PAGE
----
The highest praise I can give to “The Ninth Film From Quentin Tarantino” is that it’s the first movie in years that I’ve immediately decided I wanted – nay, needed – to watch again, as soon as possible. Hypnotically immersive to the nth degree, it’s a lovingly realized slice of alternative history that perfectly evokes in spectacularly granular detail a seemingly timeless moment in yesteryear Tinseltown. Once Upon a Time… in Hollywood is a fractured fairy tale too good to be true, because the truth hurts; and Tarantino, forever lovesick with and impassioned by this particular Los Angelean era, has better things in store than a mere reimagining of events surrounding the gated compound at 10050 Cielo Drive and the Spahn Movie Ranch. Firmly rooted in the Tarantinoverse, Once Upon a Time is an elegiac mash note to Hollywood 1969, at times sublimely, almost surrealistically moving while simultaneously managing to be the director’s funniest and least violent film to date.
As is usual for a QT film, there are multiple parallel storylines at play, intersecting and ricocheting off each other like a billiards table awash in eight-balls. First and foremost are best buddies Rick Dalton (Leonardo DiCaprio) and Cliff Booth (Brad Pitt). Dalton’s an aging and alcoholic B-movie cowboy looking down the barrel of an unfulfilling future filming Sergio Corbucci-helmed spaghetti Westerns in Almería, Spain, to pay the bills.
Booth is his tough-as-nails stunt double, driver, and all-around compadre-cum-enabler. The pair saunter through L.A. in full-on leisure mode, encountering various famous names, among them newly arrived next-door neighbors Sharon Tate (Margot Robbie) and her sparsely glimpsed husband Roman Polanski (Rafal Zawierucha), Green Hornet star Bruce Lee (Mike Moh), and those creepy hippies hanging out at the Spahn Ranch, chief among them the libidinous Pussycat (Margaret Qualley) and Tex (Austin Butler). Cinematographer Robert Richardson bathes everything in a honeyed, hyper-real glow that nonetheless allows room for the seepage of creepy-crawling darkness into the story’s explosive and horrifically comical finale.
Pitt and DiCaprio are perfectly cast. They come off as a lower-rent version of Butch Cassidy and the Sundance Kid-era Redford and Newman, all laconically snappy patented QT dialogue, Red Apple cigarettes, and booze-fueled late-night bullshit sessions.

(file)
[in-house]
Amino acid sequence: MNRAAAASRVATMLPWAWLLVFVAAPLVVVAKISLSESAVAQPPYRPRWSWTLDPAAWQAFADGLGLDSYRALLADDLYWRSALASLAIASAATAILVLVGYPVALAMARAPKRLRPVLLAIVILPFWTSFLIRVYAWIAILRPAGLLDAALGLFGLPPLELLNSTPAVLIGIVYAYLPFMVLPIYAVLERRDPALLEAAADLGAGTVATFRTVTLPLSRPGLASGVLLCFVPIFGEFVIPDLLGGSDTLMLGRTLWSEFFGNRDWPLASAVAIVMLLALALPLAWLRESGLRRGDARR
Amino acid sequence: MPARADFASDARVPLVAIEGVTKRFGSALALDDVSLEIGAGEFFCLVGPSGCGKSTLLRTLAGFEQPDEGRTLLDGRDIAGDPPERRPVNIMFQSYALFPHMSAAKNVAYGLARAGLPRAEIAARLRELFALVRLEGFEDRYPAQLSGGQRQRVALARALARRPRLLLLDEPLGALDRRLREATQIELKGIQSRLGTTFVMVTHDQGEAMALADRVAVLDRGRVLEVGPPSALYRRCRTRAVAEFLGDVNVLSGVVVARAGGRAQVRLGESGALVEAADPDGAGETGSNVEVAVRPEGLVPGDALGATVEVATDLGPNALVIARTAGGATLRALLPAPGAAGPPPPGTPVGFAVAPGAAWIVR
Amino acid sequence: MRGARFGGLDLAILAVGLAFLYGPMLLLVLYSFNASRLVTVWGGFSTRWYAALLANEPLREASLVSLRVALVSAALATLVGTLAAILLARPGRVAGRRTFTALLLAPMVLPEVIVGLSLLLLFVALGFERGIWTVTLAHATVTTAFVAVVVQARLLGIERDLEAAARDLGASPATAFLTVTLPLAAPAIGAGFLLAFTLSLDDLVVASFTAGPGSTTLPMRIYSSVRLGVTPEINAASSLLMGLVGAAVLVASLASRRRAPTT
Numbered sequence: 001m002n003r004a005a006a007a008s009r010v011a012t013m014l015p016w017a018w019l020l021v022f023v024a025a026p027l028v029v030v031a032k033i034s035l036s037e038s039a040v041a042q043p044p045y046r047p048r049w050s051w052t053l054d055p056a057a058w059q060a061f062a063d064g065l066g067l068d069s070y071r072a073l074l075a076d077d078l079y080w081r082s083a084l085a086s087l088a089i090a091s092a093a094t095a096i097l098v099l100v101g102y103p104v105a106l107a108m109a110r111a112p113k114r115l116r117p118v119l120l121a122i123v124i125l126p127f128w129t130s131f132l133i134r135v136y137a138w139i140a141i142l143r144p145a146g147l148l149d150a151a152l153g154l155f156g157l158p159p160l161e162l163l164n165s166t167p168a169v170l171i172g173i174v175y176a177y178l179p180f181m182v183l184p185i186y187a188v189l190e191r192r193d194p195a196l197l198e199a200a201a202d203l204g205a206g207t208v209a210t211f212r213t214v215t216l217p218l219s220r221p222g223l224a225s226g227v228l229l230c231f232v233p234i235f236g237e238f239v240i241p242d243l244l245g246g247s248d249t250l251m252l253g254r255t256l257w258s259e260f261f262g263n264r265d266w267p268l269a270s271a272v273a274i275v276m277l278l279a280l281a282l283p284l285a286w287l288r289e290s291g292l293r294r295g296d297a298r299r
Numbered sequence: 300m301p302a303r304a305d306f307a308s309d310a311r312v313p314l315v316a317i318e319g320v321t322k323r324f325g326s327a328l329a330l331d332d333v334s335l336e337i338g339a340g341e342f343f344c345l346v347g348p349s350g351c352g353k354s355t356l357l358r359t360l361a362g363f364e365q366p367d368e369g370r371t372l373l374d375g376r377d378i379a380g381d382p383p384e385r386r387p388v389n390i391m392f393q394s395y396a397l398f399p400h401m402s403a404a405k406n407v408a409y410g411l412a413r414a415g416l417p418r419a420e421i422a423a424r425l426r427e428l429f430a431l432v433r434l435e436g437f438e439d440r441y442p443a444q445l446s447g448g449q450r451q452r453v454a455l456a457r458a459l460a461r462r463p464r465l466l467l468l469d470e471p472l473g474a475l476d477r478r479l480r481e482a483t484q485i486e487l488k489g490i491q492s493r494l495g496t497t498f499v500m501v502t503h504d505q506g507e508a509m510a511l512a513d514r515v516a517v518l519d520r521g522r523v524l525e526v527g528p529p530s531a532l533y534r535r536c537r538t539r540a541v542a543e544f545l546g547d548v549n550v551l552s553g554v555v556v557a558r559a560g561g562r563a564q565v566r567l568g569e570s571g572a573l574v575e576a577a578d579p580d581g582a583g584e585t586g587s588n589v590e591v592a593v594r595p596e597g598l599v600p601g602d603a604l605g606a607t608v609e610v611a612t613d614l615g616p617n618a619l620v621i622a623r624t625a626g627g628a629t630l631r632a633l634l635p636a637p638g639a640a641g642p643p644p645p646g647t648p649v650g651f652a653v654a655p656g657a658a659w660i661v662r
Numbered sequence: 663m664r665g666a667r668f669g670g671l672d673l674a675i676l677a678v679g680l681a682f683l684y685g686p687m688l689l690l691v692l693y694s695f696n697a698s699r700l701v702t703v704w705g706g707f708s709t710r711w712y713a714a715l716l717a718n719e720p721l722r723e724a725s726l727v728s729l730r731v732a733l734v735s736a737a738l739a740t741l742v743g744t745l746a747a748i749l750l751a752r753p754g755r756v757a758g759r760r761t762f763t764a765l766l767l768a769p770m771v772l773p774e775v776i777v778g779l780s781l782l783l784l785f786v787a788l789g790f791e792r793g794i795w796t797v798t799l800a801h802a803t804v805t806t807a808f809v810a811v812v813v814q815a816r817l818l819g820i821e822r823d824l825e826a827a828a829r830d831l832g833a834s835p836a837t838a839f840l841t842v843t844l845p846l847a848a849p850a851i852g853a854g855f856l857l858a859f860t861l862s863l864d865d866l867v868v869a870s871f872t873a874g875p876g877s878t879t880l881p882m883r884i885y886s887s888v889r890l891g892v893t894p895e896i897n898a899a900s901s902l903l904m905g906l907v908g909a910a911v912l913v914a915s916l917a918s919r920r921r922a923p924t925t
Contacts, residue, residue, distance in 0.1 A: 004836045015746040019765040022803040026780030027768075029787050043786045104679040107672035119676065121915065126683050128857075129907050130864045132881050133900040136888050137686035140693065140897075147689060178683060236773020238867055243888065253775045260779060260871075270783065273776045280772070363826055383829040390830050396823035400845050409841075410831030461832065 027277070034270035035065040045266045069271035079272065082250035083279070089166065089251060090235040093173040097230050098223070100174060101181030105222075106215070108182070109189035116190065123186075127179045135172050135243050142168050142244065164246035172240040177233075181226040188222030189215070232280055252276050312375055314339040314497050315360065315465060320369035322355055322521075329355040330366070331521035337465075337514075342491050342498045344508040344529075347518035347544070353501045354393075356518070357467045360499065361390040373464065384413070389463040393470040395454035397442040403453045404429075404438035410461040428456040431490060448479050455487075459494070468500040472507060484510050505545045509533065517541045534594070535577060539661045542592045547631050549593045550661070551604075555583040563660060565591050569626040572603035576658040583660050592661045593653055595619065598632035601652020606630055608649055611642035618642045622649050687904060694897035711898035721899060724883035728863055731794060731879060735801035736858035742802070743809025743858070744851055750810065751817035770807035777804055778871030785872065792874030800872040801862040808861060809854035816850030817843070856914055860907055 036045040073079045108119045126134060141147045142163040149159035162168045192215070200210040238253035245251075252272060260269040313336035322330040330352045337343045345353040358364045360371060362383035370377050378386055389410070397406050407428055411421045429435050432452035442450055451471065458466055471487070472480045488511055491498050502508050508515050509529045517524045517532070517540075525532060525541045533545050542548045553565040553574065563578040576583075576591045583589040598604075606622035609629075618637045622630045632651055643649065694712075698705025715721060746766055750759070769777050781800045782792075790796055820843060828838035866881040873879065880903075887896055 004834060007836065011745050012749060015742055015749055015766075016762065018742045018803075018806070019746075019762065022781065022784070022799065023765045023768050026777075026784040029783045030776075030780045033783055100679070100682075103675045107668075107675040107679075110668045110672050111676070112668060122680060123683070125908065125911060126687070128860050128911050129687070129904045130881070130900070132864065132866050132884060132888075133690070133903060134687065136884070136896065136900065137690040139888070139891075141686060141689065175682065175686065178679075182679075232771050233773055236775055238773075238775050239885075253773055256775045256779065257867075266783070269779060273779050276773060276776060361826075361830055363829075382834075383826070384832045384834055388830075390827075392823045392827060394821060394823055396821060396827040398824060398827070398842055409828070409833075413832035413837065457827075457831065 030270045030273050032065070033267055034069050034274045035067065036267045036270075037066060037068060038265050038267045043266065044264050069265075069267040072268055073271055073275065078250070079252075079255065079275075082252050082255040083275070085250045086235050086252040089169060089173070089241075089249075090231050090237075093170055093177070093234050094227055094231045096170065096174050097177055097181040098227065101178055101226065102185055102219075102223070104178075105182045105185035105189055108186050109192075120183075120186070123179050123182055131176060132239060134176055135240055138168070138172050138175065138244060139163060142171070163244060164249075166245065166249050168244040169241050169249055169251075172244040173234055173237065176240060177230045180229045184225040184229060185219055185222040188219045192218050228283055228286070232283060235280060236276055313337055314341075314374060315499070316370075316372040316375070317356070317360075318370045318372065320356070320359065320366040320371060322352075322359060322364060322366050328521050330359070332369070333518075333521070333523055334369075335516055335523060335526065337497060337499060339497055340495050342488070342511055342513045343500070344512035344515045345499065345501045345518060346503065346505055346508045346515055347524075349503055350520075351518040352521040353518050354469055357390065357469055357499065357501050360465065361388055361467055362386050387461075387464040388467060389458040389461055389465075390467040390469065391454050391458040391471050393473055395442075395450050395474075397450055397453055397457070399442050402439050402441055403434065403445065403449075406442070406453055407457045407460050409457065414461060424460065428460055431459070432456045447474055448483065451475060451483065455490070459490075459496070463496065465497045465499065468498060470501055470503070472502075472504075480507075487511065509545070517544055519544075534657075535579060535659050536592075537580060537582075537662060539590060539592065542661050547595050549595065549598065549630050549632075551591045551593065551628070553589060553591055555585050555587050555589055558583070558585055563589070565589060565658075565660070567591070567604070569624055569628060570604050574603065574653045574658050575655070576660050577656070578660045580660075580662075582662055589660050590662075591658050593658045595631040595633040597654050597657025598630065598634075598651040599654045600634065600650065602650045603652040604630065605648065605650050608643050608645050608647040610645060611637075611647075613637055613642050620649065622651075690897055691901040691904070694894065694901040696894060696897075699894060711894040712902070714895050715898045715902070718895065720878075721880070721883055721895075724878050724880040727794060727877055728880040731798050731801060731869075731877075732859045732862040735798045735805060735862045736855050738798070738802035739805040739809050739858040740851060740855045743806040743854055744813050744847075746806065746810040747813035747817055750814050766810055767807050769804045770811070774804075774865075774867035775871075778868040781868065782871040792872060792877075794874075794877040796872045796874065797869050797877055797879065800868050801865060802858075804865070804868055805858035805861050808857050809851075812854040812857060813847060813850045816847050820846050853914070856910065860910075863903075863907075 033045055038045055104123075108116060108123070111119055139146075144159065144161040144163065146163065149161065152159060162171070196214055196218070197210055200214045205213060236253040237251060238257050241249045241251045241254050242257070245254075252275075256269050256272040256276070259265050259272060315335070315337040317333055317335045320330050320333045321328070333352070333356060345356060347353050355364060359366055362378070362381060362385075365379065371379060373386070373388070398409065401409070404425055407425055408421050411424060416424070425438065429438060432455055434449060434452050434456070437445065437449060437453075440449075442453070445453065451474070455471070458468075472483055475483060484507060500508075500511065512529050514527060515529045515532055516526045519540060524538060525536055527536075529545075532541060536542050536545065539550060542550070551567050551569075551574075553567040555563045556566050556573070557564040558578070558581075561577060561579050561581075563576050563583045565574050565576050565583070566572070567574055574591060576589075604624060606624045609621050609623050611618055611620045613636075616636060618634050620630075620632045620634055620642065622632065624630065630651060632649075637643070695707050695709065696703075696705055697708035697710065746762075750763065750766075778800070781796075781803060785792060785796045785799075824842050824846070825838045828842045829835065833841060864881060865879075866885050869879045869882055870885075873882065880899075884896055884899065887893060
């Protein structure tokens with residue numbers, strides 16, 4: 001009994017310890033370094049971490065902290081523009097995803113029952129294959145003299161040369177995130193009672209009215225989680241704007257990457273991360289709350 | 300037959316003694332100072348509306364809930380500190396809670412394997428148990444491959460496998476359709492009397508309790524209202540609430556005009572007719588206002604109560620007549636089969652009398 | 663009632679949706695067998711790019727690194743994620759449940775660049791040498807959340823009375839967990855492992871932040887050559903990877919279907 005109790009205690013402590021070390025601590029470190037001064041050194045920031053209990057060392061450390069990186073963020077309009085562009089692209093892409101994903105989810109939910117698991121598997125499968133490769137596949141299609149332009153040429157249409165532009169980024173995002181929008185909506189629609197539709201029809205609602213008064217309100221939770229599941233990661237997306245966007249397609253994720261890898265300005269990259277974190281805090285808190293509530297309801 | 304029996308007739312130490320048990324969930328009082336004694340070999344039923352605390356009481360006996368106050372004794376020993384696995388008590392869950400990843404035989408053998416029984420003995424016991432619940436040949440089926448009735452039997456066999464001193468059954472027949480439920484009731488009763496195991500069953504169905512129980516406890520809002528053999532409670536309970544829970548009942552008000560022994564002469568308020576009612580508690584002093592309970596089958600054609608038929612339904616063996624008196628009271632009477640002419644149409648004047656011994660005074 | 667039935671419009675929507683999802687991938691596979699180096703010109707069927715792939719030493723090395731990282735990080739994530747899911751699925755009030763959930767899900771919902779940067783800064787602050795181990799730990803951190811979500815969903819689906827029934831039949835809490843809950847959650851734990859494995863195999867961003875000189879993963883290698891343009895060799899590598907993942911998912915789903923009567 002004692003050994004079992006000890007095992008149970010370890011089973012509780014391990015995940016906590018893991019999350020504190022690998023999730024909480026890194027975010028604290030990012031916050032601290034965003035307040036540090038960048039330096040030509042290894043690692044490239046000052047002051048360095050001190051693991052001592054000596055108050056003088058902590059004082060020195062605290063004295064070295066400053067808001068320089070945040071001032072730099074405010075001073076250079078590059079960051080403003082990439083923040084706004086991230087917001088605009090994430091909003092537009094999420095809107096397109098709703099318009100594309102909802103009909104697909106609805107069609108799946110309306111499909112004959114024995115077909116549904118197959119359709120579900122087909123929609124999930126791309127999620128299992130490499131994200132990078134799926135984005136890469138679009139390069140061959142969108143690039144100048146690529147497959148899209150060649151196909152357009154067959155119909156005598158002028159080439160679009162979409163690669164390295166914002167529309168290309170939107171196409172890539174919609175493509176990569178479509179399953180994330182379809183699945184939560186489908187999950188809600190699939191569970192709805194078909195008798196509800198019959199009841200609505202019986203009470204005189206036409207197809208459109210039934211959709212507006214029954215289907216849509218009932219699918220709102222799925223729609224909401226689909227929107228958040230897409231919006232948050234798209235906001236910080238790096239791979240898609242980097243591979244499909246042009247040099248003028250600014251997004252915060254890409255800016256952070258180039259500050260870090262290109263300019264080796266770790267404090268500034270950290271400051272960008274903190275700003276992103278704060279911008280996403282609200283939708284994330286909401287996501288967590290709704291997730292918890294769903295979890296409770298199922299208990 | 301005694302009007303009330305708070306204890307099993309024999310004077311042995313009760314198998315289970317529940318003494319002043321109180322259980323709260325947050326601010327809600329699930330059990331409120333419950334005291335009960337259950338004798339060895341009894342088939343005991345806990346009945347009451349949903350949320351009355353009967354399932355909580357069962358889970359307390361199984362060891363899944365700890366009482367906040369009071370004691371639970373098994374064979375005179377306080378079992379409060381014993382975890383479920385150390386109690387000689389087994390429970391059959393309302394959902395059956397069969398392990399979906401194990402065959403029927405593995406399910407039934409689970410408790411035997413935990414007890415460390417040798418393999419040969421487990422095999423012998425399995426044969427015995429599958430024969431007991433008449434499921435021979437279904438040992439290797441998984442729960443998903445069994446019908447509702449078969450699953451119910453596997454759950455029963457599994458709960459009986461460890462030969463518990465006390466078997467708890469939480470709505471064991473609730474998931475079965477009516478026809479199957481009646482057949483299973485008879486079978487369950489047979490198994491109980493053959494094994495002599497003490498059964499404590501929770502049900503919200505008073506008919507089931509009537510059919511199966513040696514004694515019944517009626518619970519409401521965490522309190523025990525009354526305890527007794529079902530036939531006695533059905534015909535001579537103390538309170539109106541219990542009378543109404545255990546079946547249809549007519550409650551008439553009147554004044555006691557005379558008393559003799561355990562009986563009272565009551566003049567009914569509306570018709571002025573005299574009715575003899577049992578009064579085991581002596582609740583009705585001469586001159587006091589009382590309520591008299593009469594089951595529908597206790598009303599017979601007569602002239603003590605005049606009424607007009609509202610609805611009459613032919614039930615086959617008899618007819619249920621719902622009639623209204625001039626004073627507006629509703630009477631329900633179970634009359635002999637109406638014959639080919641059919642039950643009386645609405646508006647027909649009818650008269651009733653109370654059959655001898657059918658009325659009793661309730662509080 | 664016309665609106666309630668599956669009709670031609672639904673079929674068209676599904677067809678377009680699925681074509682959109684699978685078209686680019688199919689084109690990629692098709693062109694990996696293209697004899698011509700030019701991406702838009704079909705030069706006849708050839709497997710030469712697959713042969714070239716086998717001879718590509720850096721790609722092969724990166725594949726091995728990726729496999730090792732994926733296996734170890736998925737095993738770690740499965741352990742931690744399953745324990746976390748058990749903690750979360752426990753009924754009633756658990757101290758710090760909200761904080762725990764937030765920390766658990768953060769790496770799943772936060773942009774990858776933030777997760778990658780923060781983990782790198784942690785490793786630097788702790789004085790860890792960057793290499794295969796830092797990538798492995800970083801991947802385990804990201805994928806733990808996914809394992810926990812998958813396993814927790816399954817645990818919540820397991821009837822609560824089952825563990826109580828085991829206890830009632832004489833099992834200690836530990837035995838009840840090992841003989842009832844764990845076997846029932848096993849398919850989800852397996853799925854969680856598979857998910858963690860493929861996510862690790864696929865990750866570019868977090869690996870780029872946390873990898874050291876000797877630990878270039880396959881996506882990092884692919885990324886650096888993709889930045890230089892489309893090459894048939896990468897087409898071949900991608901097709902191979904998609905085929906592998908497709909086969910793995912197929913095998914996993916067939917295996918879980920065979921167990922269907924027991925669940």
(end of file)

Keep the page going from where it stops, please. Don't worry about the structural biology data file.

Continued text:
Yet it’s Robbie’s Tate that makes the blood-red sun shine throughout. Midway through Tarantino’s lengthy (fittingly so) fairy tale, there’s a stunning little sequence of Tate wandering into a theatre to watch herself onscreen alongside Dean Martin as Matt Helm in 1968’s The Wrecking Crew.
Slipping off her pristine white go-go boots and putting her bare feet up on the seat in front of her, she positively glows in the dark as she anonymously basks in the reactions of her fellow moviegoers. It’s a beautifully staged and acted sequence in a movie that’s overflowing with adoration for not only the comedically gifted Tate – what could have been, what should have been – but also for the very notion of late-1960s Hollywood and indeed cinema itself.
Some critics have griped about Once Upon a Time’s near-three-hour running time, but I disagree. Tarantino’s deliberately unhurried pacing defines the exact (and, sadly, nearly extinct) pleasures of 35mm filmmaking, the relaxed yet portentously suspenseful feeling of the beginning of the end of something golden and the emergence of something else rising to usurp the sunshine and sparkle of the already rickety Hollywood signage.
Innocence lost? Not so. It’s more like fear and loving in Los Angeles, all wrapped up in Tarantino’s extraordinary and unmistakable auteurist style. Now that’s entertainment.
ONCE UPON A TIME… IN HOLLYWOOD ( 3½ ) Directed by Quentin Tarantino • Starring Leonardo DiCaprio, Brad Pitt, Margot Robbie, Rafal Zawierucha, Damon Herriman, Al Pacino, Dakota Fanning, Margaret Qualley, Timothy Olyphant • Rated R • 161 min. • At Century Cinemas Del Monte, Century Marina, Maya Cinemas, Northridge Cinemas, Lighthouse Cinemas